A Flower-Powered Picnic

Summer of Love

Karen Z. —  July 19, 2014 — Leave a comment

What does your mental checklist look like when you think “romantic evening”? Does it include picnicking? Flowers? Music? Dancing? Sunsets? Selfies? Walking hand in hand?

Spur-of-the-moment picnic? We have you covered.

PHOTO: Grilled salmon over a bed of julienned greens.

The Garden Grille is open ’til 9 every evening (last order, 8:30 p.m.) and, yes, you can get it to go!

On Monday nights at the Chicago Botanic Garden, start with the first item on this list, and all the rest should fall right into place. That’s because Monday night is picnic night. It’s also Carillon Concert night—but more on that in a moment.

A romantic picnic need not be formal or fancy. The secret to making it romantic is a personal touch—something that both reflects your personality and makes the evening more fun. It could be a picnic blanket with a story. It could be real plates/glasses/flatware instead of plastic. It could be a home-cooked meal or an out-of-the-ordinary beverage.

One of our favorite ways to make picnic fare more special—whether it’s homemade or store-bought—is with edible flowers.

Dress your picnic with love.

Gathered from your garden or from a trusted source (no florists or foraged flowers, please—read why here), edible flowers can make even the simplest dish taste more interesting and look decidedly more romantic:

Edible flowers.

PHOTO: Pansy blossom

Violas or pansies come in beautiful and dramatic colors (including near-black), and are shaped like little hearts. Their flavor is sweet and perfumed. Conversation starter: the word “pansy” comes from the French “pensée,” or “thought.”

PHOTO: Nasturtium blossom

Nasturtium flowers’ summery colors—yellow, orange, red—beg to be tossed into salad greens, where they’ll deliver a bit of bite (peppery, radish-like). Decorate cheeses, dips, and even a humble potato salad with nasturtiums’ edible blossoms (the pretty leaves are edible, too).

PHOTO: Rose petals

Rose petals are quintessentially romantic. Use the petals from heirloom roses rather than hybrids—the former have the fragrance and thin delicacy that the latter do not. Add rose petals to salads, ice creams, homemade vinegars; candied, they’ll store for months.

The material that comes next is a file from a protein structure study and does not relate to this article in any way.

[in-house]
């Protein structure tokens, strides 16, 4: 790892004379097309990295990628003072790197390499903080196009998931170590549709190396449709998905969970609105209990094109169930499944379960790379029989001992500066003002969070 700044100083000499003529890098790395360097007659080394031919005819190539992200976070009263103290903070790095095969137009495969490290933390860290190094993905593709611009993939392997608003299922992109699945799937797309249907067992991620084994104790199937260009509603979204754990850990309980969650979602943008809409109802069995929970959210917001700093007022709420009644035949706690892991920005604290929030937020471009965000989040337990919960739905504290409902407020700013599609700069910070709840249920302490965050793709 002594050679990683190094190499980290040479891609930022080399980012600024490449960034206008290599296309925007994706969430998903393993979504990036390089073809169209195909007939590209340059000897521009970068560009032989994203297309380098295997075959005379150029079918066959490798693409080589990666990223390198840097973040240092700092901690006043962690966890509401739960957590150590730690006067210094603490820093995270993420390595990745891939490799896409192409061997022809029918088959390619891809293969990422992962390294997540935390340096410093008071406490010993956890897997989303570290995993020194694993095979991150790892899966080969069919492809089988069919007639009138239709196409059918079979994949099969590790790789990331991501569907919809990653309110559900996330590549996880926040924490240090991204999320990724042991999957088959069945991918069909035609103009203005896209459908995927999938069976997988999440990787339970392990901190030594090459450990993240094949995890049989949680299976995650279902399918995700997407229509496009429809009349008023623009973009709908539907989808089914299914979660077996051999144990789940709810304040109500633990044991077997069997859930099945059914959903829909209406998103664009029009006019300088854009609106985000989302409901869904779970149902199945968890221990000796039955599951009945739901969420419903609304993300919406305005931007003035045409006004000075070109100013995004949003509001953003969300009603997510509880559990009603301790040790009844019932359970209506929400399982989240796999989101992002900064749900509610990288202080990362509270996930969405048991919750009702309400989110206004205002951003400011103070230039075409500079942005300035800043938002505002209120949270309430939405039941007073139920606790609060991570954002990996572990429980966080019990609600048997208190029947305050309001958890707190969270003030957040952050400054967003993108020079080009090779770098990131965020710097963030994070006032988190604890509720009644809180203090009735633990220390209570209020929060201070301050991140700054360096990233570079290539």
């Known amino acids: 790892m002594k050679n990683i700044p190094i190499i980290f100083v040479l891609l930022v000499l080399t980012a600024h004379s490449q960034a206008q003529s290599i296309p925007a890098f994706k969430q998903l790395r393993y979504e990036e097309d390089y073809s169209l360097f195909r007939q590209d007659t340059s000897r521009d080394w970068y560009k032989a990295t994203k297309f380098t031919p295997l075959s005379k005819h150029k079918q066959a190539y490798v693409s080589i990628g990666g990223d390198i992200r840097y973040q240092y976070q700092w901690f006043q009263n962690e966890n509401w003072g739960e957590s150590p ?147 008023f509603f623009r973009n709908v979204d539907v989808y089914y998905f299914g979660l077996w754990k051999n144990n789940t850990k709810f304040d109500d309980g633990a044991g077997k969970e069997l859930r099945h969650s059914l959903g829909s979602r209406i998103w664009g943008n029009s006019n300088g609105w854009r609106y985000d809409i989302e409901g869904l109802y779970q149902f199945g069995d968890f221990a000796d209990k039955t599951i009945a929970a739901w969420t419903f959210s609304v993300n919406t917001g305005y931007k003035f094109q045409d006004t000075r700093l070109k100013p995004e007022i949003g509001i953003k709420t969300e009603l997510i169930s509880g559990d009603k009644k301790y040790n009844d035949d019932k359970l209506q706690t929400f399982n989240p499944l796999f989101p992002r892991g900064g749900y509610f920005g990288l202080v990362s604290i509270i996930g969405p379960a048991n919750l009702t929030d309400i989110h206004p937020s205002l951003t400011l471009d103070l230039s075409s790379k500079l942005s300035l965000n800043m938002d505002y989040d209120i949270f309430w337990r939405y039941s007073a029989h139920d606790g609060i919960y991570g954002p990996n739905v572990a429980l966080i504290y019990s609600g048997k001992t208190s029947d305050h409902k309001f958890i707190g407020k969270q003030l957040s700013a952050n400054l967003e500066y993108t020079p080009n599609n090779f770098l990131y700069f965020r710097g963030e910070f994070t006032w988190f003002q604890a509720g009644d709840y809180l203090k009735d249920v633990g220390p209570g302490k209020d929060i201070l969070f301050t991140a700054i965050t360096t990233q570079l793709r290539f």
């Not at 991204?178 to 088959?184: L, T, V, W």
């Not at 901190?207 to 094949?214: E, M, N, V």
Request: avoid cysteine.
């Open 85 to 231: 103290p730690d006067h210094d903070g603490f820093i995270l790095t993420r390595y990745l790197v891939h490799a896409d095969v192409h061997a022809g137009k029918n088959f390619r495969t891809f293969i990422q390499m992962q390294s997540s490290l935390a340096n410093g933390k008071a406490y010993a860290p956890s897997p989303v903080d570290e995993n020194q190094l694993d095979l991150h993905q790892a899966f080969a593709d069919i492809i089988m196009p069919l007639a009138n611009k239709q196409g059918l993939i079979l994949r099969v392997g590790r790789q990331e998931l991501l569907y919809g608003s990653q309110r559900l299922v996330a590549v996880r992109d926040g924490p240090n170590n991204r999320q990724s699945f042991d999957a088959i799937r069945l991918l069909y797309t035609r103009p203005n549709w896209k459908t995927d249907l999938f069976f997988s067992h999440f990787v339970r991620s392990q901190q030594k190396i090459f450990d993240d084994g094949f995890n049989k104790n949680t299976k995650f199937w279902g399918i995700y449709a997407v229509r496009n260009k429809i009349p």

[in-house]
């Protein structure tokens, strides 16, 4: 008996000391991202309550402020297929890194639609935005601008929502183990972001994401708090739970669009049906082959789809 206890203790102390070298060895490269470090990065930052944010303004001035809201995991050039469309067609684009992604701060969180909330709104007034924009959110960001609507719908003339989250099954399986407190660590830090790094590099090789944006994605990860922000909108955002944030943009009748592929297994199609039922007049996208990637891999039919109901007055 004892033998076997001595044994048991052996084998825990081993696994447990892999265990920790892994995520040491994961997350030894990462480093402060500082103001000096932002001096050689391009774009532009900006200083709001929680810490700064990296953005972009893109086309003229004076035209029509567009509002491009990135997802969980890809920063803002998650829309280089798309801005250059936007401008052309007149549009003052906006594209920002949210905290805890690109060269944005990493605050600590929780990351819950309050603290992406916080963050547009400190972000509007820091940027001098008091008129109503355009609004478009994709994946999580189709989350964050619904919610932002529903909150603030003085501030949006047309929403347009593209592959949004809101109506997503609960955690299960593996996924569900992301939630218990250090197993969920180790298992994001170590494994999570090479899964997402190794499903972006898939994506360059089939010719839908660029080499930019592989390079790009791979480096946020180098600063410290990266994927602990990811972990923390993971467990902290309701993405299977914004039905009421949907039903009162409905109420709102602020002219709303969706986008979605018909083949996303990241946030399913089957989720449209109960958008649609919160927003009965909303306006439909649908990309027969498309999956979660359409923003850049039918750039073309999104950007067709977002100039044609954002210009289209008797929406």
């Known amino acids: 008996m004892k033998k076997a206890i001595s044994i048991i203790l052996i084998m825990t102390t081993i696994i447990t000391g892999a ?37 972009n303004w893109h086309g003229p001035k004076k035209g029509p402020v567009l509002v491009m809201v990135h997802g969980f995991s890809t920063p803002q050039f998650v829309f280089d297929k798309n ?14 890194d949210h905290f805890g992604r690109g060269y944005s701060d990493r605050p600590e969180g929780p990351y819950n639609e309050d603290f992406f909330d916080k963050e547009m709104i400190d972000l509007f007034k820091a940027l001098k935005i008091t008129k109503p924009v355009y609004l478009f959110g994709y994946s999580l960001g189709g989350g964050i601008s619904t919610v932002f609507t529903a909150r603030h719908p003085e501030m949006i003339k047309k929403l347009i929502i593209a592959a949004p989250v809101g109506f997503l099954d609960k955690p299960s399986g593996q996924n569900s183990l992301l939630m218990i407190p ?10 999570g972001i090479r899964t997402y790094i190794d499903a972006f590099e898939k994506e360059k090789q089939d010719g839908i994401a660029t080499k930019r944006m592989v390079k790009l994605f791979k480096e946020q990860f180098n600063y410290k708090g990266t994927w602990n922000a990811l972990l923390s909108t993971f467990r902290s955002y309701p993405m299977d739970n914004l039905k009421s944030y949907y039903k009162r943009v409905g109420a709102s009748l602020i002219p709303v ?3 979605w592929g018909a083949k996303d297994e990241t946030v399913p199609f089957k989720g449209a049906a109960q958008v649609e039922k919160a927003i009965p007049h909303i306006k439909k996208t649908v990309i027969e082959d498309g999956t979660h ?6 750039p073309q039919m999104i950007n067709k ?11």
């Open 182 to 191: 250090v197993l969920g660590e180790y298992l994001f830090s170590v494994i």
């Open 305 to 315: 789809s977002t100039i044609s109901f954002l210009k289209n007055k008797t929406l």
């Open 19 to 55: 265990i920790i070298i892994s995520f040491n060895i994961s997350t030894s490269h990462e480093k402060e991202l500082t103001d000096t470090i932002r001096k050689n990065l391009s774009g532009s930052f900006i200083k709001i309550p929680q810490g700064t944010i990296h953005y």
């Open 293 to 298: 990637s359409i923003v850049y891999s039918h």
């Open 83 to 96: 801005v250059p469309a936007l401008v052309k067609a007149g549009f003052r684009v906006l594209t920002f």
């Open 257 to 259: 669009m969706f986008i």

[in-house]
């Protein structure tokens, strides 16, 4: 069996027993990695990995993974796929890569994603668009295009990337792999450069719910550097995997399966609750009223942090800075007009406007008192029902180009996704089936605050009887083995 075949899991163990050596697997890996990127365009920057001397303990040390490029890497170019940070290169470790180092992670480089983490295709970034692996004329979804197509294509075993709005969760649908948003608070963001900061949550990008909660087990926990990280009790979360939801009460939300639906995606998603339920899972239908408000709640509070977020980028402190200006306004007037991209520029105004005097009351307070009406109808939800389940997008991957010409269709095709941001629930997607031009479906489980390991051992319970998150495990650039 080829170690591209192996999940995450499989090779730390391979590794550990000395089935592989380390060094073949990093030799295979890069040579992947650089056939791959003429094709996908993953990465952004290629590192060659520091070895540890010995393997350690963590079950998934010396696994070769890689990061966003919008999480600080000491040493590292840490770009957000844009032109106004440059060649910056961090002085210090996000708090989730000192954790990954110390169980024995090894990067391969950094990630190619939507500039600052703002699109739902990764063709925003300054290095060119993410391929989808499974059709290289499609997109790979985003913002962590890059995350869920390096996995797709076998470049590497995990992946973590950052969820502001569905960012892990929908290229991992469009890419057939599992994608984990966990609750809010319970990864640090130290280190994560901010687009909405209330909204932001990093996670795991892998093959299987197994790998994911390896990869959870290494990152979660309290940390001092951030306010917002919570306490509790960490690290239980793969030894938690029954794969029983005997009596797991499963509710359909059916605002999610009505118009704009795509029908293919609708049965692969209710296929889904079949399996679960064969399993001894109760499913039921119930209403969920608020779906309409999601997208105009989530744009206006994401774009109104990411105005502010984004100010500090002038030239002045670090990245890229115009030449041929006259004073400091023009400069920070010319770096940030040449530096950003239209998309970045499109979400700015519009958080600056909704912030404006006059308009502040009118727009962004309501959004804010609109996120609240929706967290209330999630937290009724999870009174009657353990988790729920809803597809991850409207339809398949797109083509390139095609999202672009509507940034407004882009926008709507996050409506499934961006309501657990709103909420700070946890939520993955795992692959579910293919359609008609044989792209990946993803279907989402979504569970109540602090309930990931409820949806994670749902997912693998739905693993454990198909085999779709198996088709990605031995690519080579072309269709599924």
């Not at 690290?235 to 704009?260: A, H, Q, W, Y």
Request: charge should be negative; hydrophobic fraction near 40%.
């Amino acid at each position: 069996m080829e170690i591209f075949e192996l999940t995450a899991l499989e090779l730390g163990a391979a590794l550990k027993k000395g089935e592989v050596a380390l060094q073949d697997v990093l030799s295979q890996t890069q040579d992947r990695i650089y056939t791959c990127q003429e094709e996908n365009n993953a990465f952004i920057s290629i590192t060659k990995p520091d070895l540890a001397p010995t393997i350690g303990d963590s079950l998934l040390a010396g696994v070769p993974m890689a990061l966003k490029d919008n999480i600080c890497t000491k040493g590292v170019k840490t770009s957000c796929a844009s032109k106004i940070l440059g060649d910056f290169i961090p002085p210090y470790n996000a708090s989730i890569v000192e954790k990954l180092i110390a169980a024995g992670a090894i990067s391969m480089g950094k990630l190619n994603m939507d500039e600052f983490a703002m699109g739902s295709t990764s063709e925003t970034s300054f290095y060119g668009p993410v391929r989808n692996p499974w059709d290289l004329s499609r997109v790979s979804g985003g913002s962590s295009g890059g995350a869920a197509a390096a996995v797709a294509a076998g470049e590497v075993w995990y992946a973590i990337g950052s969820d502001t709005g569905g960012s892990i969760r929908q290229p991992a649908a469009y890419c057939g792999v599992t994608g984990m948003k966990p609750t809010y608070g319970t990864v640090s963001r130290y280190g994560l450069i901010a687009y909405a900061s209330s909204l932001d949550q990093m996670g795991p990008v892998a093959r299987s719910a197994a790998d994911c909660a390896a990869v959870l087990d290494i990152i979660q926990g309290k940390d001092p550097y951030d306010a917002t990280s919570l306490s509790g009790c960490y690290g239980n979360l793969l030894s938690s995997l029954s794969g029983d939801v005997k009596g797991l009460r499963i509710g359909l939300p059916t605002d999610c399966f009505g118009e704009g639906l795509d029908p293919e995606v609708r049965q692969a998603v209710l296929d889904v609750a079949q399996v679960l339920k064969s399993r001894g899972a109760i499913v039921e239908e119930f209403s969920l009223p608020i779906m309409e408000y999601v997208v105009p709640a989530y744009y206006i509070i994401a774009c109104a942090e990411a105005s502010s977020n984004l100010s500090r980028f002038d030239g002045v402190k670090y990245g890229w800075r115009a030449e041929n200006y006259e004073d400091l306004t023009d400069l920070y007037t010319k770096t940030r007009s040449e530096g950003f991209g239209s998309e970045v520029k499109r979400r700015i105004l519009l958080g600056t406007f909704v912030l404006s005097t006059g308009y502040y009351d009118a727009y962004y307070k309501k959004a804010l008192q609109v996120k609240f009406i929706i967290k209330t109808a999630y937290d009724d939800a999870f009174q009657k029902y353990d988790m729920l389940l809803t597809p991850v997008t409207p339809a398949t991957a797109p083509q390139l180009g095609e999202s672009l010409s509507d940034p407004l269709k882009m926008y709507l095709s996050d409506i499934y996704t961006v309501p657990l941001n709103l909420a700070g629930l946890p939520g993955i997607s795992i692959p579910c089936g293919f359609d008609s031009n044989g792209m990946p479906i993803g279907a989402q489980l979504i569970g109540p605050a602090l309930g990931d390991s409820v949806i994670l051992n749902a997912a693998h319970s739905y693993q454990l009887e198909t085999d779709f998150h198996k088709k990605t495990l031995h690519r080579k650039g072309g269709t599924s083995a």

PHOTO: Lavender blossom

Lavender buds are delicious sprinkled on a fruit salad (terrific with berries, cherries, figs). Lavender has more than fragrance and flavor to offer: it’s a natural source of calcium, iron, and vitamin A.

PHOTO: Chive blossom.

Chive blossoms are so beautifully purple that you’ll be tempted to use them on everything, but a little of their onion flavor goes a long way. Float a few florets on a chilled potato-leek or spring pea soup for all the extra zip you’ll need.

Carillon concerts every Monday night in summer—be there with bells on!

PHOTO: View of the carillon from the Nautilus.

Tables at the Nautilus on Evening Island are a great place for a Carillon Concert picnic.

Now back to the third item on the checklist: music. Monday night is Carillon Concert night, when carillonneurs (such a great word) local, national, and international take the stage to new heights at our 48-bell carillon. With such a global lineup, the musical repertoire is always rich and surprising. Dancing is, of course, both spontaneous and encouraged.

Picnickers can gather any time before the 7 p.m. concerts. (Every 15 minutes between 5:30 and 6:30 p.m. there’s a carillon tour and demo—a great way to break the ice and/or keep the kids intrigued.) The lawn at McGinley Pavilion is a favorite spot to set up your picnic—and to prepare for those selfies, as the sunsets are simply spectacular.

As for the last item on the checklist—walking hand in hand—we’ll leave that to you.

Daisy Chain

©2014 Chicago Botanic Garden and my.chicagobotanic.org

Karen Z.

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Karen Zaworski is a writer who likes to use as few words as possible, a photographer who still works with black-and-white film and a darkroom, and a gardener who actually likes to weed.

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